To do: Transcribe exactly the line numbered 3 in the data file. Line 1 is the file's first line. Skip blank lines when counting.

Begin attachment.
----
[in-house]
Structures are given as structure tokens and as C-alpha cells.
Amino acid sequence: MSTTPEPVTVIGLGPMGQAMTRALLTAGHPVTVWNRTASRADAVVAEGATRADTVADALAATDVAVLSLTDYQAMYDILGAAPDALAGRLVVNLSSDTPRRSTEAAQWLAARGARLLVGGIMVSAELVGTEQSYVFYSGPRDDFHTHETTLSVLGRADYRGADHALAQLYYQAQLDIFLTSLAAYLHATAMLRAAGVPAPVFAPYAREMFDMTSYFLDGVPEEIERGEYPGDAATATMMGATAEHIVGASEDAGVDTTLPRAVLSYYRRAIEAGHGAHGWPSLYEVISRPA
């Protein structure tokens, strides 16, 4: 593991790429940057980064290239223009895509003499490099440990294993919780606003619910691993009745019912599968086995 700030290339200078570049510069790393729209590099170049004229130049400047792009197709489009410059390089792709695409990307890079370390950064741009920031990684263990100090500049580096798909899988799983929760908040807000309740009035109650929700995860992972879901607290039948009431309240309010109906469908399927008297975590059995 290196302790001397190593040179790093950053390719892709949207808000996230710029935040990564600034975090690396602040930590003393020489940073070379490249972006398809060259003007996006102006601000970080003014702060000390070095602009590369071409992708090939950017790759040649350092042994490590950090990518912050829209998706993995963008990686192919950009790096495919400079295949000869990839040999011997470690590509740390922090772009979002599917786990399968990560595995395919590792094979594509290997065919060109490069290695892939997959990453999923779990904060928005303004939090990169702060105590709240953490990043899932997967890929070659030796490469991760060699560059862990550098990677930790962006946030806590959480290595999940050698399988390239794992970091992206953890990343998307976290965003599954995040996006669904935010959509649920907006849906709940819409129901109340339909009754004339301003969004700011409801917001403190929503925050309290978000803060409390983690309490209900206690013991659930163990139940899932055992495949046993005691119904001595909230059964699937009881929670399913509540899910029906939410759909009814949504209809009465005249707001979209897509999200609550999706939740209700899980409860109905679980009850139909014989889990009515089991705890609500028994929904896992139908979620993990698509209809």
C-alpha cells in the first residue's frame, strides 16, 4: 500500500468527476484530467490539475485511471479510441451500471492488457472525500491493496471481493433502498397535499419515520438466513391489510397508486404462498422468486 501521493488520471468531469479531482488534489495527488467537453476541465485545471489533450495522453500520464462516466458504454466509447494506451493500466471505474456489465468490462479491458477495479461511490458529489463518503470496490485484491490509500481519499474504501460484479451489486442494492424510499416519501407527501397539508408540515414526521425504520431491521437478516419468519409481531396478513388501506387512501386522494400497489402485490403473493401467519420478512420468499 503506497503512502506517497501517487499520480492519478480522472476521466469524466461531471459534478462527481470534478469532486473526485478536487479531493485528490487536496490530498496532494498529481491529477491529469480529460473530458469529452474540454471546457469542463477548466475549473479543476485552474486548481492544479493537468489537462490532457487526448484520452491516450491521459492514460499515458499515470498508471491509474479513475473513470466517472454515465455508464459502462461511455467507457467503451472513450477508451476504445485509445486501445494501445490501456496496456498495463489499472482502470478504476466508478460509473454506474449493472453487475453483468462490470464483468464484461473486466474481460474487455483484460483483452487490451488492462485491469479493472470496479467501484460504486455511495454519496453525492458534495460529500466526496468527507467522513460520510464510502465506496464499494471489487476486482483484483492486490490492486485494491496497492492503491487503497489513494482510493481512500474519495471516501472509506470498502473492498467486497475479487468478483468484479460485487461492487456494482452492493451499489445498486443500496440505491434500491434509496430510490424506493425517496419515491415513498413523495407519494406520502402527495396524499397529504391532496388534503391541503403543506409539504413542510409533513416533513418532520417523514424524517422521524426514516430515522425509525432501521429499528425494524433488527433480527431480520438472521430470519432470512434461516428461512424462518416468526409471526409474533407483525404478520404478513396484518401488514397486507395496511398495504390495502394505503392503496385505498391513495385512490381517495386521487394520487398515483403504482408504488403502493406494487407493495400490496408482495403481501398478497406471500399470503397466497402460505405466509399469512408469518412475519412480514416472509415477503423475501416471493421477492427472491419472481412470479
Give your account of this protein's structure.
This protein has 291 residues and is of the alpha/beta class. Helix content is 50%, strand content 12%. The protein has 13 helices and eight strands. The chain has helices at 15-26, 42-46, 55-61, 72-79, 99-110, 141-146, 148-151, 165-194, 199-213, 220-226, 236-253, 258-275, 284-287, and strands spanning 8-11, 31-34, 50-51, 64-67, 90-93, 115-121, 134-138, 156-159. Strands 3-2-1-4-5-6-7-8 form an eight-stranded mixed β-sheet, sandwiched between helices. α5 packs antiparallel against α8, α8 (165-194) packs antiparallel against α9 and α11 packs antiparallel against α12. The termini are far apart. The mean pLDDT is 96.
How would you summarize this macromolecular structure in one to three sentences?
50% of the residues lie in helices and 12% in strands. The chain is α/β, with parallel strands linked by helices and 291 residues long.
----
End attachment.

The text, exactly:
Amino acid sequence: MSTTPEPVTVIGLGPMGQAMTRALLTAGHPVTVWNRTASRADAVVAEGATRADTVADALAATDVAVLSLTDYQAMYDILGAAPDALAGRLVVNLSSDTPRRSTEAAQWLAARGARLLVGGIMVSAELVGTEQSYVFYSGPRDDFHTHETTLSVLGRADYRGADHALAQLYYQAQLDIFLTSLAAYLHATAMLRAAGVPAPVFAPYAREMFDMTSYFLDGVPEEIERGEYPGDAATATMMGATAEHIVGASEDAGVDTTLPRAVLSYYRRAIEAGHGAHGWPSLYEVISRPA